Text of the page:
Fatties for Flathead
  |  First Published: October 2009

I haven’t written about flathead for a long time. Back in the mid nineties the trend was to choose one of the two basic flathead trolling tactics; either, very deep diving long minnows in the channels, or small jellybean minnows in the creeks and around the flats. And not much seems to of changed, except a deeper sense of adventure.

My family has a long standing habit of looking at lures from last weekend’s trip and wondering, “I wonder if that mackerel lure would work for bass in the lakes?” So, it stood to reason that one day we’d try our bass lures in the saltwater.

Accordingly, after a bass casting and trolling trip many years ago, the next weekend we took our already rigged freshwater rods with us on a flathead trip to the Jumpinpin. Instead of using my favourite Peter Newell designed/inspired skinny minnows; the lures on the end of the line were the American-designed flat shaped diving plugs, often known as mini-crankbaits.

The Americans do this lure very well, and generally much better than the cheap Asian versions. Americans have evolved this lure over many moons and their depth diving ability and wobbling action is a go-to confidence option for anglers the world over. One of the original models known to Aussie anglers is the Cotton Cordell Big ‘O’, and others included the Bill Norman ‘N’ or DD series, Shakespeare Little ‘S’, and Bomber Fat ‘A’(the astute reader will no doubt notice the naming trend which gives rise to the other moniker bestowed upon this style of lure…the 'alphabet' bait).

Nevertheless, cutting to the end of the experiment, our results showed a batch of flathead releases and a half dozen flathead around 50cm on ice for that night’s dinner. Day one and the fat ‘bass’ baits had proven themselves as flathead fodder par-excellence.

Day one also turned up an interesting comment back at the boat ramp. One of the “how-ja-ya-go-mate?” gang that we love chatting to made the comment that he was surprised that we had caught so many flathead on freshwater lures. We thought that was a significant point ‑ People really did think of these fat lures as ‘only for the fresh’.

I told him they were Bill Norman Lures from the USA and he was off to the tackle shop to find some. Bill Normans are still available but these days they are just called “Norman Lures”.

The fat lures, aka plugs, crankbaits, alphabet baits or as I like to call them, fat jellybeans, are great because they cast further than other models of the same length. And these days there is a subculture of anglers that prefer to cast rather than troll. I guess things go round in circles and what was old becomes new again.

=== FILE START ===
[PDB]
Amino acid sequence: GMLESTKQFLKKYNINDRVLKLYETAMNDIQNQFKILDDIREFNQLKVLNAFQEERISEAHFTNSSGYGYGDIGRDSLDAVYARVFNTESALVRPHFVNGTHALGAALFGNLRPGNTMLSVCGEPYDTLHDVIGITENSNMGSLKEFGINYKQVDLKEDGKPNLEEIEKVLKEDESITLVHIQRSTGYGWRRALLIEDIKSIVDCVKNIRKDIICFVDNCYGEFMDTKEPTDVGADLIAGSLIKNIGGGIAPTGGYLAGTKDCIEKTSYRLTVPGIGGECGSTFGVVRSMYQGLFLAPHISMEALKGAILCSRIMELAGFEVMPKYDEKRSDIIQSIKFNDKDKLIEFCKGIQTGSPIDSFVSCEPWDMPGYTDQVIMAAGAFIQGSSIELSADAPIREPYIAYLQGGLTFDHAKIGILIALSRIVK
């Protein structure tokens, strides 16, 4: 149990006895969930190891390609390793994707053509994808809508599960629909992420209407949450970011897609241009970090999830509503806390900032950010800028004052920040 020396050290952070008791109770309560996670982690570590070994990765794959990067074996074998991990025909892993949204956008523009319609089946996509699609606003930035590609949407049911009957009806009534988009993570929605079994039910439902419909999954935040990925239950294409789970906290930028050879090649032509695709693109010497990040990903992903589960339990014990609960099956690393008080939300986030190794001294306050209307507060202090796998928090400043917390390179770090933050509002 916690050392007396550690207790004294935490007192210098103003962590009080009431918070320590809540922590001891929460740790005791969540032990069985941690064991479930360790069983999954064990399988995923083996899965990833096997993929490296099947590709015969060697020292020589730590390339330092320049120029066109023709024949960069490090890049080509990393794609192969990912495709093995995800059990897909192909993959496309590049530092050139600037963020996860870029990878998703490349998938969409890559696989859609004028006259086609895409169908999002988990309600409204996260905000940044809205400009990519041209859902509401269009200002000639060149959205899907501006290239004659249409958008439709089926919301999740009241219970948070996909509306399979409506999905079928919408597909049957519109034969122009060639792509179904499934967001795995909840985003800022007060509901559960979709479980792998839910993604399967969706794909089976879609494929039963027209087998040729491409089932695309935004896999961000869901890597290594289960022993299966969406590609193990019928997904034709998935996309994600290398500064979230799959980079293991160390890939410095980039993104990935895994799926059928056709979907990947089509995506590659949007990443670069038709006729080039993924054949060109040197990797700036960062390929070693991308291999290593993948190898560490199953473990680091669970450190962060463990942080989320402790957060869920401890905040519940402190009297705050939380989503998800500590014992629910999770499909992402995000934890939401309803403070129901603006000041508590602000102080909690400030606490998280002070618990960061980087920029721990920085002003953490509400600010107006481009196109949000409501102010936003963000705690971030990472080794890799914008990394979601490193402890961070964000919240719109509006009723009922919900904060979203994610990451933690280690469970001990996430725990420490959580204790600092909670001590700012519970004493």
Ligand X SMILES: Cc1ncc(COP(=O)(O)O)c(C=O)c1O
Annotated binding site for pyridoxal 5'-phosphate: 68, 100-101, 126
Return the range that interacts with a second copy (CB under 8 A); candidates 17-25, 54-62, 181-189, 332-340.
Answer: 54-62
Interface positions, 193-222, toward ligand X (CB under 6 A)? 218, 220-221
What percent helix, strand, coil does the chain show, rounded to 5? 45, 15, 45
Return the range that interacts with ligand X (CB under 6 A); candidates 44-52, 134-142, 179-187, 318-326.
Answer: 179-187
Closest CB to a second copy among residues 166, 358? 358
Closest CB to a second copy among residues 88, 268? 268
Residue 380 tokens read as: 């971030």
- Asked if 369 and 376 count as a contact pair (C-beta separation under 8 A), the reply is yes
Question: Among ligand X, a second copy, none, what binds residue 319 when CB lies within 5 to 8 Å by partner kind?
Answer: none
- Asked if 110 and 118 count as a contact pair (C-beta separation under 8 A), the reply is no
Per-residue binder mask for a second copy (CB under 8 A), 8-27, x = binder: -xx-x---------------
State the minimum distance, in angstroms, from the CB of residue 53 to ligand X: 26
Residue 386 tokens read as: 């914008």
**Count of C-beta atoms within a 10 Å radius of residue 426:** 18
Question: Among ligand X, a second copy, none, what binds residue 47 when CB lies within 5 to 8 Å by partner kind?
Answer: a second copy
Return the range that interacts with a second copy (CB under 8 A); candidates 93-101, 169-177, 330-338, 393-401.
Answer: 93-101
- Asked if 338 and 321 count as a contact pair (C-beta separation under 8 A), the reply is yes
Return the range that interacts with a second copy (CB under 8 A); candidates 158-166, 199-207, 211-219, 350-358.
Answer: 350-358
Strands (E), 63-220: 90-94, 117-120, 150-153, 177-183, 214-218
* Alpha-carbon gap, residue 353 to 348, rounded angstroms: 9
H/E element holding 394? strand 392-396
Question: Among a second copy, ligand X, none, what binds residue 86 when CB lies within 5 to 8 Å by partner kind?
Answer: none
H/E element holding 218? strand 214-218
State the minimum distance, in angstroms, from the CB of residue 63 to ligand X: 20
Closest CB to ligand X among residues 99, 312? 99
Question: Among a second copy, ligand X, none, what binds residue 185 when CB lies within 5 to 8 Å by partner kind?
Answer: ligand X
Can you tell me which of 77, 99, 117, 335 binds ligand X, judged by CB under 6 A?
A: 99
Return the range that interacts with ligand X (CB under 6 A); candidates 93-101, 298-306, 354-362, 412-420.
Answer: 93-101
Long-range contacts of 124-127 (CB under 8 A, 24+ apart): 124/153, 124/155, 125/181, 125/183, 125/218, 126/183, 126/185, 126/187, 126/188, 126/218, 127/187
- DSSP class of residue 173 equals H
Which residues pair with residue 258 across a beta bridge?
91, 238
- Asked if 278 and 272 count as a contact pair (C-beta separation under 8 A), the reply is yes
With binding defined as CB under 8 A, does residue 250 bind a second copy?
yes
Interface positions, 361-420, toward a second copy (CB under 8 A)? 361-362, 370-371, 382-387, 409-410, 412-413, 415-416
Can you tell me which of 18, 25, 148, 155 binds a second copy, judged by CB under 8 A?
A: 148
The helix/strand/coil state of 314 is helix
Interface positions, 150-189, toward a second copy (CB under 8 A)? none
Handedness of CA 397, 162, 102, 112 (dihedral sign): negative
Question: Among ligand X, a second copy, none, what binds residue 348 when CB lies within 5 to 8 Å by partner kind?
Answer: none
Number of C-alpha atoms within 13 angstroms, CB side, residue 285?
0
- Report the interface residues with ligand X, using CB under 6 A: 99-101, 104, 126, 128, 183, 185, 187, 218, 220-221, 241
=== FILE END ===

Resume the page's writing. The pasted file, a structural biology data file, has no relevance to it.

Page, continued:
My preference as a casting outfit when using these lures is a light bream style spin outfit of 1.8-2.1m in length. In the old days I used line class mono around 2kg breaking strain for most of my fat jellybean casting; these days I’m more likely to have braid on the spool already, so that’s what I go with.

Fat lures can also carry heavier grade and/or slightly larger trebles that are more suitable (more suitable than lightweight trebles) for Aussie saltwater species that inhabit our southern estuaries where I like to wade and cast. I’m talking particularly about big flathead, mangrove jack and estuary cod. Up north the bigger versions of the fat cranks are fine for barra.

I like to carry a selection of diving depths and colours in my fat jellybean lure kit. Although I do admit that typically when prospecting for flathead I’ll tie on a deep diver with a big bib. And, another confession, I get a kick out of using the old style colours such as silver blue black with the cross hatched sides. Very old school I know, I think it takes me back to those very young years when I stared at photos of lures hanging out of the mouths of fish in the fishing magazines my parents had around the house.

Having said that I like to start out with deep divers, once I get a feel for the place and as the tide rises I do like to look for structure in water less than 4ft deep that might hold flathead. I then use very shallow running lures to tick over the top of fallen logs, or weed beds. Shallow runners that dive to a couple of feet only are less likely to foul on the weeds or snag on the timber.

If I’m expressly after flathead then I’m certain to do an upgrade to heavier saltwater grade trebles, around no.6 in size, when I’m using ultra shallow runners. I’ll often also target bream if there are a few rocks around. When targeting big bream I’ll use the same ultra shallow runners but they’ll be swinging no.10 or 12 bream trebles.

Before signing off, here’s a little bit more about using ultra shallow runners. Buoyant, fat-bodied, ultra shallow running crankbaits make great wakebaits for bream and also great for working above oyster racks at high tide.

Give the fatties a try, they even work in freshwater too...

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